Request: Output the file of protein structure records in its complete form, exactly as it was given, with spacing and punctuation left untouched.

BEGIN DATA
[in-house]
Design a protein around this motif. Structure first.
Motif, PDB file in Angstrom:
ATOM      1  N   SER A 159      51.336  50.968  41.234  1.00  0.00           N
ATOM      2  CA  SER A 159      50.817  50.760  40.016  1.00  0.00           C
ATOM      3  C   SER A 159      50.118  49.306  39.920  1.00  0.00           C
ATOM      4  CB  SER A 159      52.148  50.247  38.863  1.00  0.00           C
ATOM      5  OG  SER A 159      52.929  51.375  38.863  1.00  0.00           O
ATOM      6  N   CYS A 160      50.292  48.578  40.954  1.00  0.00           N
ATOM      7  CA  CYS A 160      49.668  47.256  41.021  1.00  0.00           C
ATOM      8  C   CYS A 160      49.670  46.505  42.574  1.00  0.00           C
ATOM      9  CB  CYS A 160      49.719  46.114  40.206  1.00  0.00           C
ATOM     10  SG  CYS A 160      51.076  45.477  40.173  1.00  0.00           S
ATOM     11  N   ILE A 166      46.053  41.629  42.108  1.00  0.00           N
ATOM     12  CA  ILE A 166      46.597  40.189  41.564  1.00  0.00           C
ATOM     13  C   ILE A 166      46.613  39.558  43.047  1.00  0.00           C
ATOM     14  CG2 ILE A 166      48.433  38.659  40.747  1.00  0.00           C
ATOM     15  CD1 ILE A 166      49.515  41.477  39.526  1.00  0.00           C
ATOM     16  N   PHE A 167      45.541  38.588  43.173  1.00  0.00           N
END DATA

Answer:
[in-house]
Design a protein around this motif. Structure first.
Motif, PDB file in Angstrom:
ATOM      1  N   SER A 159      51.336  50.968  41.234  1.00  0.00           N
ATOM      2  CA  SER A 159      50.817  50.760  40.016  1.00  0.00           C
ATOM      3  C   SER A 159      50.118  49.306  39.920  1.00  0.00           C
ATOM      4  CB  SER A 159      52.148  50.247  38.863  1.00  0.00           C
ATOM      5  OG  SER A 159      52.929  51.375  38.863  1.00  0.00           O
ATOM      6  N   CYS A 160      50.292  48.578  40.954  1.00  0.00           N
ATOM      7  CA  CYS A 160      49.668  47.256  41.021  1.00  0.00           C
ATOM      8  C   CYS A 160      49.670  46.505  42.574  1.00  0.00           C
ATOM      9  CB  CYS A 160      49.719  46.114  40.206  1.00  0.00           C
ATOM     10  SG  CYS A 160      51.076  45.477  40.173  1.00  0.00           S
ATOM     11  N   ILE A 166      46.053  41.629  42.108  1.00  0.00           N
ATOM     12  CA  ILE A 166      46.597  40.189  41.564  1.00  0.00           C
ATOM     13  C   ILE A 166      46.613  39.558  43.047  1.00  0.00           C
ATOM     14  CG2 ILE A 166      48.433  38.659  40.747  1.00  0.00           C
ATOM     15  CD1 ILE A 166      49.515  41.477  39.526  1.00  0.00           C
ATOM     16  N   PHE A 167      45.541  38.588  43.173  1.00  0.00           N